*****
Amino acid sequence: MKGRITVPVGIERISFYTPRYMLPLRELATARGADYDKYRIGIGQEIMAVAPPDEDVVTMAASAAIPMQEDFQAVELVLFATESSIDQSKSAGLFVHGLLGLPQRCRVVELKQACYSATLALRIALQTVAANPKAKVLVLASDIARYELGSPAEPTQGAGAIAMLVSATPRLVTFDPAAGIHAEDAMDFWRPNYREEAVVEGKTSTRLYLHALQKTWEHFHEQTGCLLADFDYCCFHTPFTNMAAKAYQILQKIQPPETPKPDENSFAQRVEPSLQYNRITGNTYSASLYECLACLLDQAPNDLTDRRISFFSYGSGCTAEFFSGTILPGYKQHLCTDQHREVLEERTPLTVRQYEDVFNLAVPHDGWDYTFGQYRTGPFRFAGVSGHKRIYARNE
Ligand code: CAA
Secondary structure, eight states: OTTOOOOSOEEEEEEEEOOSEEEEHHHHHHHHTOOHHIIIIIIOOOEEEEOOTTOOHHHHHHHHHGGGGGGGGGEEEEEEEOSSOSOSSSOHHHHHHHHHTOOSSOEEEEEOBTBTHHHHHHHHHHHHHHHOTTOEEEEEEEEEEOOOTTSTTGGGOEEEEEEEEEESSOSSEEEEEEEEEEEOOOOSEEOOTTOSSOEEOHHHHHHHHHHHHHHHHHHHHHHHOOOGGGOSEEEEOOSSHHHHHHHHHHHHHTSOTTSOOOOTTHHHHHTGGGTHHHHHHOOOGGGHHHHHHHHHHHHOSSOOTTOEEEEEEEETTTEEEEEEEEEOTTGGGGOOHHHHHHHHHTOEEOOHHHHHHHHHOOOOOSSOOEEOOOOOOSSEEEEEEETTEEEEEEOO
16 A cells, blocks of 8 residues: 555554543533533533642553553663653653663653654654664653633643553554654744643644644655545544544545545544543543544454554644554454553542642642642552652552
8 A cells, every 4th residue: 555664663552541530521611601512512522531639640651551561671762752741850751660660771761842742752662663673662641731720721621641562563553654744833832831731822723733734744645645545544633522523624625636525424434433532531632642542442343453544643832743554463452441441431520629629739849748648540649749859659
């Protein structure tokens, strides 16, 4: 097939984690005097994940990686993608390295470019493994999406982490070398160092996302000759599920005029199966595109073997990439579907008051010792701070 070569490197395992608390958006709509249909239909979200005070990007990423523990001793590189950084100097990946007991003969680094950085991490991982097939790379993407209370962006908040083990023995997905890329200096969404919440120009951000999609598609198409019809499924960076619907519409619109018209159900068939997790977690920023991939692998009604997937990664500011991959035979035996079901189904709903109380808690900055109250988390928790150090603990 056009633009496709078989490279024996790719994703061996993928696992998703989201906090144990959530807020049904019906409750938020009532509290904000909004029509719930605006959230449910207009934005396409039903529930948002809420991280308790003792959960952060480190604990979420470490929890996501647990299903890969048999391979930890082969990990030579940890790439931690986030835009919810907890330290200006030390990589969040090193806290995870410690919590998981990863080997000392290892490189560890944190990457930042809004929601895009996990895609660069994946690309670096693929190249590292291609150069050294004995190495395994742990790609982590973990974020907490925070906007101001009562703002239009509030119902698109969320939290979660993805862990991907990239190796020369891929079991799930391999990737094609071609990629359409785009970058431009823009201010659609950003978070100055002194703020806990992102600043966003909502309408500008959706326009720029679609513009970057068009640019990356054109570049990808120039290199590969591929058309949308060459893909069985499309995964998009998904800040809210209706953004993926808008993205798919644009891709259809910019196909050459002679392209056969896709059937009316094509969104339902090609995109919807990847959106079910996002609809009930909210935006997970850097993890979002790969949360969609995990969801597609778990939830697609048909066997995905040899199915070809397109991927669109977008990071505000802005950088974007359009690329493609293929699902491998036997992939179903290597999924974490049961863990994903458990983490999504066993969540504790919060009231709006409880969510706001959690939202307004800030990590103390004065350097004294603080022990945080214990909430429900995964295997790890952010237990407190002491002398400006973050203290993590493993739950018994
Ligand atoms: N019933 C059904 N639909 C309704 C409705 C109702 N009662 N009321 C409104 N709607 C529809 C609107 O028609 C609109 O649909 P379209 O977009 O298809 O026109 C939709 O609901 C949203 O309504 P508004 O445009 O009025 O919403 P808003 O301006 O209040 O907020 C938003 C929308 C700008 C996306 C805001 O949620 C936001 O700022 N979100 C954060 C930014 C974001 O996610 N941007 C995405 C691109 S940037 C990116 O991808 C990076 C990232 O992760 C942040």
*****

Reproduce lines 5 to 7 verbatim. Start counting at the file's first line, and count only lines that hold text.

8 A cells, every 4th residue: 555664663552541530521611601512512522531639640651551561671762752741850751660660771761842742752662663673662641731720721621641562563553654744833832831731822723733734744645645545544633522523624625636525424434433532531632642542442343453544643832743554463452441441431520629629739849748648540649749859659
């Protein structure tokens, strides 16, 4: 097939984690005097994940990686993608390295470019493994999406982490070398160092996302000759599920005029199966595109073997990439579907008051010792701070 070569490197395992608390958006709509249909239909979200005070990007990423523990001793590189950084100097990946007991003969680094950085991490991982097939790379993407209370962006908040083990023995997905890329200096969404919440120009951000999609598609198409019809499924960076619907519409619109018209159900068939997790977690920023991939692998009604997937990664500011991959035979035996079901189904709903109380808690900055109250988390928790150090603990 056009633009496709078989490279024996790719994703061996993928696992998703989201906090144990959530807020049904019906409750938020009532509290904000909004029509719930605006959230449910207009934005396409039903529930948002809420991280308790003792959960952060480190604990979420470490929890996501647990299903890969048999391979930890082969990990030579940890790439931690986030835009919810907890330290200006030390990589969040090193806290995870410690919590998981990863080997000392290892490189560890944190990457930042809004929601895009996990895609660069994946690309670096693929190249590292291609150069050294004995190495395994742990790609982590973990974020907490925070906007101001009562703002239009509030119902698109969320939290979660993805862990991907990239190796020369891929079991799930391999990737094609071609990629359409785009970058431009823009201010659609950003978070100055002194703020806990992102600043966003909502309408500008959706326009720029679609513009970057068009640019990356054109570049990808120039290199590969591929058309949308060459893909069985499309995964998009998904800040809210209706953004993926808008993205798919644009891709259809910019196909050459002679392209056969896709059937009316094509969104339902090609995109919807990847959106079910996002609809009930909210935006997970850097993890979002790969949360969609995990969801597609778990939830697609048909066997995905040899199915070809397109991927669109977008990071505000802005950088974007359009690329493609293929699902491998036997992939179903290597999924974490049961863990994903458990983490999504066993969540504790919060009231709006409880969510706001959690939202307004800030990590103390004065350097004294603080022990945080214990909430429900995964295997790890952010237990407190002491002398400006973050203290993590493993739950018994
Ligand atoms: N019933 C059904 N639909 C309704 C409705 C109702 N009662 N009321 C409104 N709607 C529809 C609107 O028609 C609109 O649909 P379209 O977009 O298809 O026109 C939709 O609901 C949203 O309504 P508004 O445009 O009025 O919403 P808003 O301006 O209040 O907020 C938003 C929308 C700008 C996306 C805001 O949620 C936001 O700022 N979100 C954060 C930014 C974001 O996610 N941007 C995405 C691109 S940037 C990116 O991808 C990076 C990232 O992760 C942040």